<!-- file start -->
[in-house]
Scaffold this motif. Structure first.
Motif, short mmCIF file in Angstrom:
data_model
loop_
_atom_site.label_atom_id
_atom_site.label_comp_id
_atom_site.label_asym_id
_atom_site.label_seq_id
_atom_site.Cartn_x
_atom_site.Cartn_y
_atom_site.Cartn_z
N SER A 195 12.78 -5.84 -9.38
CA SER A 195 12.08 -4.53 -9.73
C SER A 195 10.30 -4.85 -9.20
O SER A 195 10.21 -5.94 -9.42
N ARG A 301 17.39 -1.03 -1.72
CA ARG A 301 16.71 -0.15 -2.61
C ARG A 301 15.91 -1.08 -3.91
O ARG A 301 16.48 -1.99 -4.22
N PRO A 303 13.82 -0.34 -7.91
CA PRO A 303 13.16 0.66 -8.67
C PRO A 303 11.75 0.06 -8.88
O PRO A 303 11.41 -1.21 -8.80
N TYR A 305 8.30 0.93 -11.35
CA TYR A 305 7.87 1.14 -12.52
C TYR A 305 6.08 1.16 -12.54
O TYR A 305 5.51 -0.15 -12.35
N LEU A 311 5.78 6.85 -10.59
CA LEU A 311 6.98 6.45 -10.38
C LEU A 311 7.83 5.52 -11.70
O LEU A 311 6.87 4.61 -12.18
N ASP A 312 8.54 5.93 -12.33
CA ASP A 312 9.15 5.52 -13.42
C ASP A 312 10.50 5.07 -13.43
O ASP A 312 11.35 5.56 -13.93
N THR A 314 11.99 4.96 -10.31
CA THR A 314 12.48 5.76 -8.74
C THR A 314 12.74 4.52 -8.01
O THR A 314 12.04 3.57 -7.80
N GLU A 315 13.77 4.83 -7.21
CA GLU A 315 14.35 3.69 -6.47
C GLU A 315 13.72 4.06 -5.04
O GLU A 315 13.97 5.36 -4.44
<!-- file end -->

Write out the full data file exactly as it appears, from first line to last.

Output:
[in-house]
Scaffold this motif. Structure first.
Motif, short mmCIF file in Angstrom:
data_model
loop_
_atom_site.label_atom_id
_atom_site.label_comp_id
_atom_site.label_asym_id
_atom_site.label_seq_id
_atom_site.Cartn_x
_atom_site.Cartn_y
_atom_site.Cartn_z
N SER A 195 12.78 -5.84 -9.38
CA SER A 195 12.08 -4.53 -9.73
C SER A 195 10.30 -4.85 -9.20
O SER A 195 10.21 -5.94 -9.42
N ARG A 301 17.39 -1.03 -1.72
CA ARG A 301 16.71 -0.15 -2.61
C ARG A 301 15.91 -1.08 -3.91
O ARG A 301 16.48 -1.99 -4.22
N PRO A 303 13.82 -0.34 -7.91
CA PRO A 303 13.16 0.66 -8.67
C PRO A 303 11.75 0.06 -8.88
O PRO A 303 11.41 -1.21 -8.80
N TYR A 305 8.30 0.93 -11.35
CA TYR A 305 7.87 1.14 -12.52
C TYR A 305 6.08 1.16 -12.54
O TYR A 305 5.51 -0.15 -12.35
N LEU A 311 5.78 6.85 -10.59
CA LEU A 311 6.98 6.45 -10.38
C LEU A 311 7.83 5.52 -11.70
O LEU A 311 6.87 4.61 -12.18
N ASP A 312 8.54 5.93 -12.33
CA ASP A 312 9.15 5.52 -13.42
C ASP A 312 10.50 5.07 -13.43
O ASP A 312 11.35 5.56 -13.93
N THR A 314 11.99 4.96 -10.31
CA THR A 314 12.48 5.76 -8.74
C THR A 314 12.74 4.52 -8.01
O THR A 314 12.04 3.57 -7.80
N GLU A 315 13.77 4.83 -7.21
CA GLU A 315 14.35 3.69 -6.47
C GLU A 315 13.72 4.06 -5.04
O GLU A 315 13.97 5.36 -4.44